1. Limited time only! Sign up for a free 30min personal tutor trial with Chegg Tutors
    Dismiss Notice
Dismiss Notice
Join Physics Forums Today!
The friendliest, high quality science and math community on the planet! Everyone who loves science is here!

Homework Help: Is the following a matrix? (yes/no)

  1. Jul 3, 2010 #1
    1. The problem statement, all variables and given/known data

    Is the following a matrix?

    Given: these identities (ordinarily in "Feynman slash notation": not sure how to do slashes in LaTeX):

    [tex]\begin{array}{c}
    ({\gamma _\mu }{a^\mu }){\gamma _\nu }{b^\nu } + {\gamma _\nu }{b^\nu }({\gamma _\mu }{a^\mu }) \equiv 2{a_\mu }{b^\mu } \\
    ({\gamma _\mu }{a^\mu })({\gamma _\mu }{a^\mu }) \equiv {a_\mu }{a^\mu } \\
    \end{array}[/tex]

    2. Relevant equations

    [tex]({\gamma ^\mu }{\partial _\mu })({\gamma ^\nu }{A_\nu }) + ({\gamma ^\nu }{A_\nu })({\gamma ^\mu }{\partial _\mu }) = [/tex] ... a matrix or a vector?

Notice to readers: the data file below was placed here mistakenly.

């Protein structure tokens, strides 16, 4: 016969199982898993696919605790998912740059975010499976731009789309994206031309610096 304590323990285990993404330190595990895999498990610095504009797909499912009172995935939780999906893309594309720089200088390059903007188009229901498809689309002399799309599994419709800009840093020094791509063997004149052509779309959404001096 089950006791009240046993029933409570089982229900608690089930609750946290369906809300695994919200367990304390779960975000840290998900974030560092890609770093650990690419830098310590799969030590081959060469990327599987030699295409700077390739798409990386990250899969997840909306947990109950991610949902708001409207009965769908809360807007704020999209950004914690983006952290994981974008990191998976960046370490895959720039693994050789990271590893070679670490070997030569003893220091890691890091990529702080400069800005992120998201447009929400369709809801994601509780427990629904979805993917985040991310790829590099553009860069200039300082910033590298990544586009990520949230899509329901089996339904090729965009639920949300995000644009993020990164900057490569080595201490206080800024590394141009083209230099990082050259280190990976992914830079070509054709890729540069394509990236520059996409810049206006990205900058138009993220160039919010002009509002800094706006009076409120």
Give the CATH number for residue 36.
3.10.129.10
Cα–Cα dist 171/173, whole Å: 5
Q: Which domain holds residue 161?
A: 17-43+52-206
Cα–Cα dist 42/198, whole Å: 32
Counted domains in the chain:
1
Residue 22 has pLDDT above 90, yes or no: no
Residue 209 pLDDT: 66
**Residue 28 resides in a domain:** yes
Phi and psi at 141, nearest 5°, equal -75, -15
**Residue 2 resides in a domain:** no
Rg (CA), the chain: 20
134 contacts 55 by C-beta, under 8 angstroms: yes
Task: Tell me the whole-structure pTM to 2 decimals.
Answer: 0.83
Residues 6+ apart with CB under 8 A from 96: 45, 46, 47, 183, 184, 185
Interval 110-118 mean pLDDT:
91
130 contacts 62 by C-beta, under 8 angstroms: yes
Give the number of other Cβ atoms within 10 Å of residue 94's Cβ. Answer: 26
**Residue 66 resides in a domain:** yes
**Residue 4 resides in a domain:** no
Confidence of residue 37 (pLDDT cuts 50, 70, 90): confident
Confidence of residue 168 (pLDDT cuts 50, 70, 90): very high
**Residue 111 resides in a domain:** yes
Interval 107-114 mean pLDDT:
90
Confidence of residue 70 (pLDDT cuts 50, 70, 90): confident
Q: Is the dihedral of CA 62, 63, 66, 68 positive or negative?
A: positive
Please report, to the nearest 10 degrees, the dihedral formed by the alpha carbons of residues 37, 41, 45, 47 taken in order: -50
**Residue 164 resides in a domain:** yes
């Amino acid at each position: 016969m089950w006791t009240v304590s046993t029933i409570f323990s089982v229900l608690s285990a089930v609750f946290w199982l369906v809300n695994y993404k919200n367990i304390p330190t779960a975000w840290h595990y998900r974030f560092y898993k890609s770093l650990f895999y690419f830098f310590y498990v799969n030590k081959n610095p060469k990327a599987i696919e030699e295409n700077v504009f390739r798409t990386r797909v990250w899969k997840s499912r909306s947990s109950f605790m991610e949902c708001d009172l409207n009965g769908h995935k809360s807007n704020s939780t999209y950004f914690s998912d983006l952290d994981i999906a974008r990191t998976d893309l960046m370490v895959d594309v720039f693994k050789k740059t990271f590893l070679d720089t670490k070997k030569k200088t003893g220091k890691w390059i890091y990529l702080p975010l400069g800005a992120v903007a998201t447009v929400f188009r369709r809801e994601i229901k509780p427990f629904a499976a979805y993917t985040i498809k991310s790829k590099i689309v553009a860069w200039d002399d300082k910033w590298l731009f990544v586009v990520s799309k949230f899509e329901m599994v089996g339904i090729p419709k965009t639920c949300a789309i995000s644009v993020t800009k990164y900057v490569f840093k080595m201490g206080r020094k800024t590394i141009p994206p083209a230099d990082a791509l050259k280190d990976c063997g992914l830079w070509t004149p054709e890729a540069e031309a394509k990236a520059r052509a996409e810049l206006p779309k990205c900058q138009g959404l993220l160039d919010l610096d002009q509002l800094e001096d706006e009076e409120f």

3. The attempt at a solution

    Maybe it is a matrix. My final answer needs a matrix answer (specifically: I need the field-strength tensor, [tex] F^{\mu, \nu} [/tex], to pop up eventually.

    Maybe it isn't a matrix. The operator [tex] \partial _\mu [/tex] is a differential operator, and A is the four-vector-potential. that suggests I should wind up with a differentiated version of the field-strenght tensor, which would be awfully-boring in a certain gauge I forget the name of (it'd be zero/divergenceless, a la Griffiths Intro Elementary Particles, p. 239-240).

    ???
     
  2. jcsd
  3. Jul 3, 2010 #2
    \partial_{mu} is a one-form. Contracting a one-form with a vector yields a scalar. In fact, all your terms are one-form vector contractions.
     
  4. Jul 4, 2010 #3
    Oh dear...back to the drawing board...
     
  5. Jul 4, 2010 #4

    vela

    User Avatar
    Staff Emeritus
    Science Advisor
    Homework Helper
    Education Advisor

    But [itex]\gamma^\mu[/itex] are the Dirac matrices, so the contraction [itex]\gamma^\mu A_\mu[/itex] is actually a linear combination of matrices.

    http://en.wikipedia.org/wiki/Gamma_matrices
     
  6. Jul 4, 2010 #5
    In which case the contraction yields the same type as the Dirac matrix.
     
Share this great discussion with others via Reddit, Google+, Twitter, or Facebook